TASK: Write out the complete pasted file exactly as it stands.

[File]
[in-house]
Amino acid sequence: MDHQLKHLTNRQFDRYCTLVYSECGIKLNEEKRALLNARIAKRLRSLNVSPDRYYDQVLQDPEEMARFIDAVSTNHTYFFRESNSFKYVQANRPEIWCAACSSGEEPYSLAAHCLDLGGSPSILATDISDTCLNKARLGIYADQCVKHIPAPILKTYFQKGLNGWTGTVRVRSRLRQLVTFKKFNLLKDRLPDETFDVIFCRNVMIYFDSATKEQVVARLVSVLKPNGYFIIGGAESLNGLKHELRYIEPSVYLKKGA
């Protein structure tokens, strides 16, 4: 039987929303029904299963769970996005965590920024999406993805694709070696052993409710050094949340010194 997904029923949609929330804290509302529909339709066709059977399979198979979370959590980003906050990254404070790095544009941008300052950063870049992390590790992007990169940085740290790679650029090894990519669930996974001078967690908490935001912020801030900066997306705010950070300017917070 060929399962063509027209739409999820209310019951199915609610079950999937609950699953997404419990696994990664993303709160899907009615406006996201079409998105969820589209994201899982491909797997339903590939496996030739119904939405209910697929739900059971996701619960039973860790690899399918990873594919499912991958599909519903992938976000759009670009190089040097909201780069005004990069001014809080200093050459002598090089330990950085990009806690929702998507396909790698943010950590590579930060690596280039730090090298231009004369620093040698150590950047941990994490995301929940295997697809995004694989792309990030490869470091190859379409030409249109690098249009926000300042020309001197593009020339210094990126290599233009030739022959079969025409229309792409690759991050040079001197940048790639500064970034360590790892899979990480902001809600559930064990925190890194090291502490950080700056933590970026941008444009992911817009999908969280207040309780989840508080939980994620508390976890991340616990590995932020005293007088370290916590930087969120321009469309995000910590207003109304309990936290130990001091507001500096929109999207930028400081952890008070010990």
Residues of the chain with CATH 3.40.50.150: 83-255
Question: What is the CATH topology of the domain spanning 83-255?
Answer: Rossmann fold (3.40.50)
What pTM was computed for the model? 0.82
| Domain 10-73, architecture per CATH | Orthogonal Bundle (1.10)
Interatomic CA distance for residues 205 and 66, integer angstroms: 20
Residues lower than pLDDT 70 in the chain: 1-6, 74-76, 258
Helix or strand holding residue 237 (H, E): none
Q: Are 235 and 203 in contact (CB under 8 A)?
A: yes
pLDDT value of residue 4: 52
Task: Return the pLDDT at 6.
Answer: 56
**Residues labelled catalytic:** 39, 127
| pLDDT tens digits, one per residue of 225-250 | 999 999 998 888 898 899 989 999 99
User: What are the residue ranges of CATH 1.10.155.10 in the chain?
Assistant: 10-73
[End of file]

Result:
[in-house]
Amino acid sequence: MDHQLKHLTNRQFDRYCTLVYSECGIKLNEEKRALLNARIAKRLRSLNVSPDRYYDQVLQDPEEMARFIDAVSTNHTYFFRESNSFKYVQANRPEIWCAACSSGEEPYSLAAHCLDLGGSPSILATDISDTCLNKARLGIYADQCVKHIPAPILKTYFQKGLNGWTGTVRVRSRLRQLVTFKKFNLLKDRLPDETFDVIFCRNVMIYFDSATKEQVVARLVSVLKPNGYFIIGGAESLNGLKHELRYIEPSVYLKKGA
């Protein structure tokens, strides 16, 4: 039987929303029904299963769970996005965590920024999406993805694709070696052993409710050094949340010194 997904029923949609929330804290509302529909339709066709059977399979198979979370959590980003906050990254404070790095544009941008300052950063870049992390590790992007990169940085740290790679650029090894990519669930996974001078967690908490935001912020801030900066997306705010950070300017917070 060929399962063509027209739409999820209310019951199915609610079950999937609950699953997404419990696994990664993303709160899907009615406006996201079409998105969820589209994201899982491909797997339903590939496996030739119904939405209910697929739900059971996701619960039973860790690899399918990873594919499912991958599909519903992938976000759009670009190089040097909201780069005004990069001014809080200093050459002598090089330990950085990009806690929702998507396909790698943010950590590579930060690596280039730090090298231009004369620093040698150590950047941990994490995301929940295997697809995004694989792309990030490869470091190859379409030409249109690098249009926000300042020309001197593009020339210094990126290599233009030739022959079969025409229309792409690759991050040079001197940048790639500064970034360590790892899979990480902001809600559930064990925190890194090291502490950080700056933590970026941008444009992911817009999908969280207040309780989840508080939980994620508390976890991340616990590995932020005293007088370290916590930087969120321009469309995000910590207003109304309990936290130990001091507001500096929109999207930028400081952890008070010990």
Residues of the chain with CATH 3.40.50.150: 83-255
Question: What is the CATH topology of the domain spanning 83-255?
Answer: Rossmann fold (3.40.50)
What pTM was computed for the model? 0.82
| Domain 10-73, architecture per CATH | Orthogonal Bundle (1.10)
Interatomic CA distance for residues 205 and 66, integer angstroms: 20
Residues lower than pLDDT 70 in the chain: 1-6, 74-76, 258
Helix or strand holding residue 237 (H, E): none
Q: Are 235 and 203 in contact (CB under 8 A)?
A: yes
pLDDT value of residue 4: 52
Task: Return the pLDDT at 6.
Answer: 56
**Residues labelled catalytic:** 39, 127
| pLDDT tens digits, one per residue of 225-250 | 999 999 998 888 898 899 989 999 99
User: What are the residue ranges of CATH 1.10.155.10 in the chain?
Assistant: 10-73